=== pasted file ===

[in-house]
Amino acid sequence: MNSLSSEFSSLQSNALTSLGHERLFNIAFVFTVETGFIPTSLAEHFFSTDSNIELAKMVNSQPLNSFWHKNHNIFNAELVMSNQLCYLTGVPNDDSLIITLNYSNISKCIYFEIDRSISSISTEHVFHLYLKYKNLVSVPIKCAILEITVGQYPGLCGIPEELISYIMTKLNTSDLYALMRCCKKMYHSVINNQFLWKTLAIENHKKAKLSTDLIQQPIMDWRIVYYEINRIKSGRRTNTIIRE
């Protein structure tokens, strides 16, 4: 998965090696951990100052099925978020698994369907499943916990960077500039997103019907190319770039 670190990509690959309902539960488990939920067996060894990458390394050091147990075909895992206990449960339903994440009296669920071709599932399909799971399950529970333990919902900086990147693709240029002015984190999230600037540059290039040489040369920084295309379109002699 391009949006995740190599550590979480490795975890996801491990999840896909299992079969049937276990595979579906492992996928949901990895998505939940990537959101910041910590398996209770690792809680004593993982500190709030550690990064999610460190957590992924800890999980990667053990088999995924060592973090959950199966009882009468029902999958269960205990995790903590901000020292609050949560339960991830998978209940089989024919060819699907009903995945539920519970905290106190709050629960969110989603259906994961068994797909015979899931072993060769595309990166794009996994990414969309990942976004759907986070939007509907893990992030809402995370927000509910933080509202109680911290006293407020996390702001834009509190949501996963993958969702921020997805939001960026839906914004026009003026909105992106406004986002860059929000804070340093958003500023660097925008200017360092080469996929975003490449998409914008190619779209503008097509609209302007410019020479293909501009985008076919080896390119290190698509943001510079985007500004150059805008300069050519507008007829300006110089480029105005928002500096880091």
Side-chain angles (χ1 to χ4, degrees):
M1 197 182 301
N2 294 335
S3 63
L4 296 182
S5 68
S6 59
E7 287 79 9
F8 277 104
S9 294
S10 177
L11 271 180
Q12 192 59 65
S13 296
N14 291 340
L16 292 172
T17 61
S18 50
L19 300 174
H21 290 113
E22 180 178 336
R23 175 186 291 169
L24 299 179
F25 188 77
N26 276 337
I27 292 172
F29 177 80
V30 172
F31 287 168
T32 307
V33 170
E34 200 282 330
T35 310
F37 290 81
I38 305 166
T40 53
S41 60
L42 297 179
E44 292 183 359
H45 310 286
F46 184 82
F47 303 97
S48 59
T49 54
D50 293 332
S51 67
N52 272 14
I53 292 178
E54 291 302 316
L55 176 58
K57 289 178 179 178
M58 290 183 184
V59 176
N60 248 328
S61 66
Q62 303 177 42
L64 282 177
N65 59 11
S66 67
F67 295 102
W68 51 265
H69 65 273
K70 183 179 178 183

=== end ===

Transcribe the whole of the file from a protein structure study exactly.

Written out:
[in-house]
Amino acid sequence: MNSLSSEFSSLQSNALTSLGHERLFNIAFVFTVETGFIPTSLAEHFFSTDSNIELAKMVNSQPLNSFWHKNHNIFNAELVMSNQLCYLTGVPNDDSLIITLNYSNISKCIYFEIDRSISSISTEHVFHLYLKYKNLVSVPIKCAILEITVGQYPGLCGIPEELISYIMTKLNTSDLYALMRCCKKMYHSVINNQFLWKTLAIENHKKAKLSTDLIQQPIMDWRIVYYEINRIKSGRRTNTIIRE
């Protein structure tokens, strides 16, 4: 998965090696951990100052099925978020698994369907499943916990960077500039997103019907190319770039 670190990509690959309902539960488990939920067996060894990458390394050091147990075909895992206990449960339903994440009296669920071709599932399909799971399950529970333990919902900086990147693709240029002015984190999230600037540059290039040489040369920084295309379109002699 391009949006995740190599550590979480490795975890996801491990999840896909299992079969049937276990595979579906492992996928949901990895998505939940990537959101910041910590398996209770690792809680004593993982500190709030550690990064999610460190957590992924800890999980990667053990088999995924060592973090959950199966009882009468029902999958269960205990995790903590901000020292609050949560339960991830998978209940089989024919060819699907009903995945539920519970905290106190709050629960969110989603259906994961068994797909015979899931072993060769595309990166794009996994990414969309990942976004759907986070939007509907893990992030809402995370927000509910933080509202109680911290006293407020996390702001834009509190949501996963993958969702921020997805939001960026839906914004026009003026909105992106406004986002860059929000804070340093958003500023660097925008200017360092080469996929975003490449998409914008190619779209503008097509609209302007410019020479293909501009985008076919080896390119290190698509943001510079985007500004150059805008300069050519507008007829300006110089480029105005928002500096880091």
Side-chain angles (χ1 to χ4, degrees):
M1 197 182 301
N2 294 335
S3 63
L4 296 182
S5 68
S6 59
E7 287 79 9
F8 277 104
S9 294
S10 177
L11 271 180
Q12 192 59 65
S13 296
N14 291 340
L16 292 172
T17 61
S18 50
L19 300 174
H21 290 113
E22 180 178 336
R23 175 186 291 169
L24 299 179
F25 188 77
N26 276 337
I27 292 172
F29 177 80
V30 172
F31 287 168
T32 307
V33 170
E34 200 282 330
T35 310
F37 290 81
I38 305 166
T40 53
S41 60
L42 297 179
E44 292 183 359
H45 310 286
F46 184 82
F47 303 97
S48 59
T49 54
D50 293 332
S51 67
N52 272 14
I53 292 178
E54 291 302 316
L55 176 58
K57 289 178 179 178
M58 290 183 184
V59 176
N60 248 328
S61 66
Q62 303 177 42
L64 282 177
N65 59 11
S66 67
F67 295 102
W68 51 265
H69 65 273
K70 183 179 178 183